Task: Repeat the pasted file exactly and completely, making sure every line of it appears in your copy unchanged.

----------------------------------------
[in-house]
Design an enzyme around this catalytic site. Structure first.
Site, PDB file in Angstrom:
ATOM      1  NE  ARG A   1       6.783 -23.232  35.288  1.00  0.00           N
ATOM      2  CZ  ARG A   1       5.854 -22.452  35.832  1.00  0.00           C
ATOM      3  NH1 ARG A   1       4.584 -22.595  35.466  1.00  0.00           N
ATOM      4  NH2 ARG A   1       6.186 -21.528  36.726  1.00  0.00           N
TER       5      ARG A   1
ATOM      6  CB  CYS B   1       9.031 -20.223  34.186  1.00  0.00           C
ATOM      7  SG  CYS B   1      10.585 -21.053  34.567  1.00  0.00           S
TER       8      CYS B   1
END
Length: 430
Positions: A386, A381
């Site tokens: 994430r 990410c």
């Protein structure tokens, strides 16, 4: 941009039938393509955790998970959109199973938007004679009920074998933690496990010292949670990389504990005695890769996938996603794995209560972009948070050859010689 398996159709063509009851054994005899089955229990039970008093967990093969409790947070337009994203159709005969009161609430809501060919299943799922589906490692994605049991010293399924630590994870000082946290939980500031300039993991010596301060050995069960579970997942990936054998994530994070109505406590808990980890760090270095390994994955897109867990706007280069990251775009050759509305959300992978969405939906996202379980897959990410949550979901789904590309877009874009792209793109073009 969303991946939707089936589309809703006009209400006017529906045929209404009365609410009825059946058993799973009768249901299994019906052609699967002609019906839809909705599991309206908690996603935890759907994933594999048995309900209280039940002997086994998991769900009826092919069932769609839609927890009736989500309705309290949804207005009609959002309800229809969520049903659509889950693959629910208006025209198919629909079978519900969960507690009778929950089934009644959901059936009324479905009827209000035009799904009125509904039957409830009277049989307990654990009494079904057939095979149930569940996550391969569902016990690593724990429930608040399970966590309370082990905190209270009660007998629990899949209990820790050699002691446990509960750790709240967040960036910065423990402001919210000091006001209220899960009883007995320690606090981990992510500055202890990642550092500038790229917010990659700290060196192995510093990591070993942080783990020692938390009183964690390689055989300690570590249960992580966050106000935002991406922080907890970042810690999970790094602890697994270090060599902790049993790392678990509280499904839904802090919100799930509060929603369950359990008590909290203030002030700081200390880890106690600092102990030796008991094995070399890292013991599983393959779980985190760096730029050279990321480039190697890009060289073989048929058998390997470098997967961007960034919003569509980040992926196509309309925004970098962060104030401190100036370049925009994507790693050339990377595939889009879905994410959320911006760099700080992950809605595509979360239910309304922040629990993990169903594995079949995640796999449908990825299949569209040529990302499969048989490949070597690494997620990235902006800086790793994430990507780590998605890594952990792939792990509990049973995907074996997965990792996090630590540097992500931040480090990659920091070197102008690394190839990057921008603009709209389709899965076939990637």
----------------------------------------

[in-house]
Design an enzyme around this catalytic site. Structure first.
Site, PDB file in Angstrom:
ATOM      1  NE  ARG A   1       6.783 -23.232  35.288  1.00  0.00           N
ATOM      2  CZ  ARG A   1       5.854 -22.452  35.832  1.00  0.00           C
ATOM      3  NH1 ARG A   1       4.584 -22.595  35.466  1.00  0.00           N
ATOM      4  NH2 ARG A   1       6.186 -21.528  36.726  1.00  0.00           N
TER       5      ARG A   1
ATOM      6  CB  CYS B   1       9.031 -20.223  34.186  1.00  0.00           C
ATOM      7  SG  CYS B   1      10.585 -21.053  34.567  1.00  0.00           S
TER       8      CYS B   1
END
Length: 430
Positions: A386, A381
């Site tokens: 994430r 990410c």
């Protein structure tokens, strides 16, 4: 941009039938393509955790998970959109199973938007004679009920074998933690496990010292949670990389504990005695890769996938996603794995209560972009948070050859010689 398996159709063509009851054994005899089955229990039970008093967990093969409790947070337009994203159709005969009161609430809501060919299943799922589906490692994605049991010293399924630590994870000082946290939980500031300039993991010596301060050995069960579970997942990936054998994530994070109505406590808990980890760090270095390994994955897109867990706007280069990251775009050759509305959300992978969405939906996202379980897959990410949550979901789904590309877009874009792209793109073009 969303991946939707089936589309809703006009209400006017529906045929209404009365609410009825059946058993799973009768249901299994019906052609699967002609019906839809909705599991309206908690996603935890759907994933594999048995309900209280039940002997086994998991769900009826092919069932769609839609927890009736989500309705309290949804207005009609959002309800229809969520049903659509889950693959629910208006025209198919629909079978519900969960507690009778929950089934009644959901059936009324479905009827209000035009799904009125509904039957409830009277049989307990654990009494079904057939095979149930569940996550391969569902016990690593724990429930608040399970966590309370082990905190209270009660007998629990899949209990820790050699002691446990509960750790709240967040960036910065423990402001919210000091006001209220899960009883007995320690606090981990992510500055202890990642550092500038790229917010990659700290060196192995510093990591070993942080783990020692938390009183964690390689055989300690570590249960992580966050106000935002991406922080907890970042810690999970790094602890697994270090060599902790049993790392678990509280499904839904802090919100799930509060929603369950359990008590909290203030002030700081200390880890106690600092102990030796008991094995070399890292013991599983393959779980985190760096730029050279990321480039190697890009060289073989048929058998390997470098997967961007960034919003569509980040992926196509309309925004970098962060104030401190100036370049925009994507790693050339990377595939889009879905994410959320911006760099700080992950809605595509979360239910309304922040629990993990169903594995079949995640796999449908990825299949569209040529990302499969048989490949070597690494997620990235902006800086790793994430990507780590998605890594952990792939792990509990049973995907074996997965990792996090630590540097992500931040480090990659920091070197102008690394190839990057921008603009709209389709899965076939990637």